Chan: Political campaigns are ongoing in Az; Ways to review donation requests and track your money

Amy B Chan

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Amy B. Chan is the Chair of the Arizona Citizens Clean Elections Commission.

If you received an email, chances are you’ve been asked to get involved to support candidates from school board to senator and support nonprofits of all shapes and sizes.

And while consumers have some protection from fraud and other wrongdoing, a decade of legislative and judicial decisions has turned the campaign’s money-grabbing campaign into the Wild West.

The bipartisan commitment to “free speech” in the form of free-flowing dough has left fundraisers and donors in the driver’s seat, with precious little protection for donors and voters. For example, most nonprofit organizations doing business in Arizona do not have to register with the state before asking for your dollar.

Meanwhile, the New York Times reported how unscrupulous online fundraising by politicians and their supporters led many voters to donate far more than they intended. Donors were able to receive $122.7 million in refunds from a presidential campaign, while complaints about such practices accounted for 1-3 percent of consumer complaints to banks.

In this deregulated landscape, donors should consider a few key principles when deciding what and whether to donate.

Make sure you only give what you intend. Many requests will state in advance whether the donation is ongoing, but others will not. If you find a request unclear or it’s difficult to set the terms of your donation, better put your credit card away. Never let yourself be pressured. Don’t give organizations direct access to your bank account—better by credit card or check.

Likewise, many donations from so-called non-profit organizations are not tax-deductible. Still others advertise on behalf of one or more affiliates, one of which is non-deductible while the other is. This is common on similarly named 501(c)(3)s and 501(c)(4)s. Make sure you know who you would like your donation to go to. Donations to 501(c)(3)s are generally tax deductible. Donations to 501(c)(4)s are not.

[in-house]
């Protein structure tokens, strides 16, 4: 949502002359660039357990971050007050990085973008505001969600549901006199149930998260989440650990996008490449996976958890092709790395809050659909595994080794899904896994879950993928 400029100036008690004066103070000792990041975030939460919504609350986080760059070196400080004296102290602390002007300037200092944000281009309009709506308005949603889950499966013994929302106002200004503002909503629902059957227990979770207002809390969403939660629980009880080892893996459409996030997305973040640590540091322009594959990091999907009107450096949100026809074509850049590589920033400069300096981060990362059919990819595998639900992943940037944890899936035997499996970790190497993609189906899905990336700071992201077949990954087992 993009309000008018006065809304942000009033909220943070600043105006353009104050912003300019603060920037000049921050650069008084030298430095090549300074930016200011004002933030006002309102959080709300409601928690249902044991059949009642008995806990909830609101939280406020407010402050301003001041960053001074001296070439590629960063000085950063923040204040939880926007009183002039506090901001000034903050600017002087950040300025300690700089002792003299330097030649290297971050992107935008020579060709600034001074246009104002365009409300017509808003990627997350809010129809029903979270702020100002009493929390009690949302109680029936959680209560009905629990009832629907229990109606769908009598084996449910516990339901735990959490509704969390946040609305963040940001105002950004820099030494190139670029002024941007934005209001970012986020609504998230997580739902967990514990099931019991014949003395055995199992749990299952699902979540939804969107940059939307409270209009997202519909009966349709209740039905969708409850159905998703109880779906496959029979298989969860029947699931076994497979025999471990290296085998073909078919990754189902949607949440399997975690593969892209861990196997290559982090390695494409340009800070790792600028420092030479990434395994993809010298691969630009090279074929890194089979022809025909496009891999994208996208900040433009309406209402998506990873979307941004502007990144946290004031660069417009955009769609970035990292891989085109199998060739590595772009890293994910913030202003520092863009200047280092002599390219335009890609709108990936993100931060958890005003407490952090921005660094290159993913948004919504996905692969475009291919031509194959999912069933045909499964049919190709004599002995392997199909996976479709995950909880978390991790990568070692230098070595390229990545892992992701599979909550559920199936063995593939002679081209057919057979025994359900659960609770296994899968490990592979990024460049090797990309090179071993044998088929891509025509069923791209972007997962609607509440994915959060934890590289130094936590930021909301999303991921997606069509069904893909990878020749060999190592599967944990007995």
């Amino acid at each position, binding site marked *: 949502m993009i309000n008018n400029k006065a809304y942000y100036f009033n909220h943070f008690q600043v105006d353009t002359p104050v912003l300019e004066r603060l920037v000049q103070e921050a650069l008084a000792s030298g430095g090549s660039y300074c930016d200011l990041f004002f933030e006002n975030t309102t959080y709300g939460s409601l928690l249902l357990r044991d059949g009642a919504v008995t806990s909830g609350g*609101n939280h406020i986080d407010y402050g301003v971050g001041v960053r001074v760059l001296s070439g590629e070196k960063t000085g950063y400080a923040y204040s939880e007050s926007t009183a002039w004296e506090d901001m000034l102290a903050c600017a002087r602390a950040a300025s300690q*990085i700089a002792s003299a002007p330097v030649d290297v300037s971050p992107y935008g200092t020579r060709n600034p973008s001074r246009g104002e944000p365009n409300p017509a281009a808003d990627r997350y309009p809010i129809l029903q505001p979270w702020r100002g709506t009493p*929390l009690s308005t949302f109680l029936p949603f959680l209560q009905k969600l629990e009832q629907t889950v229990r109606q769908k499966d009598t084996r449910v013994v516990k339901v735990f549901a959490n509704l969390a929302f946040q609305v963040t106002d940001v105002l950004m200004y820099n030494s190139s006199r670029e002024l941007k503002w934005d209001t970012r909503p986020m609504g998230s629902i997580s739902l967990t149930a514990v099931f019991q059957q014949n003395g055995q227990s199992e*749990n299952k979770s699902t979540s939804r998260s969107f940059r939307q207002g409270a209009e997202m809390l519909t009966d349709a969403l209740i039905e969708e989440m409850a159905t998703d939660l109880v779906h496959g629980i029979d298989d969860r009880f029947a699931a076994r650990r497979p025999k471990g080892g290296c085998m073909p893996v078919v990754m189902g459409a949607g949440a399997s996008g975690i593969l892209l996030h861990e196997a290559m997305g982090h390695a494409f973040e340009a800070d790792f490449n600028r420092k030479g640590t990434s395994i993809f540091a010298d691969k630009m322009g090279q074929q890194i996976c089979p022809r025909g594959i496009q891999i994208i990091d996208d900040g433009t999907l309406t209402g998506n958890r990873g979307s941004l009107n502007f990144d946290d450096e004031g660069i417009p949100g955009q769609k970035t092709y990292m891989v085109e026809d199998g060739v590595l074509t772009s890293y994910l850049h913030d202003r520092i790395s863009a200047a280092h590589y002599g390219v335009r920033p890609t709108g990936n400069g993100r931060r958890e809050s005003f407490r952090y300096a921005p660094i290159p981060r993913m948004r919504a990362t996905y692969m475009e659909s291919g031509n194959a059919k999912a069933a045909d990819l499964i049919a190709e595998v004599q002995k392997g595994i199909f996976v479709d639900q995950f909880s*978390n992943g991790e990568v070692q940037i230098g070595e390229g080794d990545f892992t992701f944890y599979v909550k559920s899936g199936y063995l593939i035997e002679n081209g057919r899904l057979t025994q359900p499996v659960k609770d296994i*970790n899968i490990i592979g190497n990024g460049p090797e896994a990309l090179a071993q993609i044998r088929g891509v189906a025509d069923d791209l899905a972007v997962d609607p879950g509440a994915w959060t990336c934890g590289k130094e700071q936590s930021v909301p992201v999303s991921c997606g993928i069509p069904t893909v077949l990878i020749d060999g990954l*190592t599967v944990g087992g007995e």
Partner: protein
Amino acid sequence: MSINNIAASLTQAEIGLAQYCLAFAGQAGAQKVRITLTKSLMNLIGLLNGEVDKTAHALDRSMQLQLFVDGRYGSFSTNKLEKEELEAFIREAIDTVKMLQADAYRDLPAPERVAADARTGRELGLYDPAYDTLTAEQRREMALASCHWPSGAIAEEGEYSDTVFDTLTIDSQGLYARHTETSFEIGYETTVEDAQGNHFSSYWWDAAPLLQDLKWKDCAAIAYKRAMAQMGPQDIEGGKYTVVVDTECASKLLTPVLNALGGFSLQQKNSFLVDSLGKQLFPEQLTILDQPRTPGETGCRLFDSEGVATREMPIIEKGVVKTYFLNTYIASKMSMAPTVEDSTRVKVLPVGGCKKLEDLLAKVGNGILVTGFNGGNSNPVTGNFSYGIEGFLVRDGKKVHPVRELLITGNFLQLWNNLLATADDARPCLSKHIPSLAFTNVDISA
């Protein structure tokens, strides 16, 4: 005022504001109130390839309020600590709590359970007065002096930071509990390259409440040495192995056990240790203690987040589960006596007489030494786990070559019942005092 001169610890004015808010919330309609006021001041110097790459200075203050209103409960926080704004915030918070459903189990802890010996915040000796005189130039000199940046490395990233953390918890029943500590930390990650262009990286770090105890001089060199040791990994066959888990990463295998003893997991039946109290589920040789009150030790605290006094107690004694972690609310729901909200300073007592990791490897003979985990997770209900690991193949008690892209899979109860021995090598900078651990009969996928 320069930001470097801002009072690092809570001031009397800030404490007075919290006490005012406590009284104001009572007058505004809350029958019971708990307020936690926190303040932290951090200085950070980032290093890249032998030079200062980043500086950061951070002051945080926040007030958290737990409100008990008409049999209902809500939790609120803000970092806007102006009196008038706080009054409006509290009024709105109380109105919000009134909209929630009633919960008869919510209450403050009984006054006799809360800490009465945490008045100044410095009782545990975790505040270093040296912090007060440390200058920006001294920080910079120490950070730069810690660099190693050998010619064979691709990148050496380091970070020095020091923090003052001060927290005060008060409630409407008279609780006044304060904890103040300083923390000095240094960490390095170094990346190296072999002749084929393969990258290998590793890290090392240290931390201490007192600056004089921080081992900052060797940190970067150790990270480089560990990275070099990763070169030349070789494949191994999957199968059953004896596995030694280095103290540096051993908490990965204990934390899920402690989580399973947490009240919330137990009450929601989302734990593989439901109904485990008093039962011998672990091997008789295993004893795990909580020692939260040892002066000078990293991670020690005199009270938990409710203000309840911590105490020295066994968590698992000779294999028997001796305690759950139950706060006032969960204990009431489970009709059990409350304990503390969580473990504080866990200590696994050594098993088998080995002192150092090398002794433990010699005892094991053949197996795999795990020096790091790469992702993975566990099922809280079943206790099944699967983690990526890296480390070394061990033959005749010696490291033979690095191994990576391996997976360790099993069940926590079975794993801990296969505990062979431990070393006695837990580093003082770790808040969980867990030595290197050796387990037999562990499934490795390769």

Finally know how your money is being used. Candidates who run using traditional private fundraising face little scrutiny over how they spend their money unless there is a formal grievance. Therefore, in some cases, reviewing campaign funding reports may be the only way to determine if your donations are being used wisely.

Nonprofit organizations don’t need to provide anywhere near the details that candidates are required to disclose. As a result, it’s harder to ensure your money supports the cause. You can consult a reputable online charitable donation tracker to determine if you are making a wise investment.

Finally, donors should use good security practices with their personal and financial information, do their research, and follow the recommendations of trusted sources like the one below Federal Trade Commission.

Political campaigns are exciting and the impact of small donors is important. But where there is cash, there are often crooks. Make sure you do your research on candidates and organizations before parting with your hard-earned cash. Follow important election dates and get non-partisan information at

Amy B. Chan is the Chair of the Arizona Citizens Clean Elections Commission. The Republican was appointed by then-Senate Democratic Chair Katie Hobbs and is a former head of state elections in the Office of the Secretary of State.

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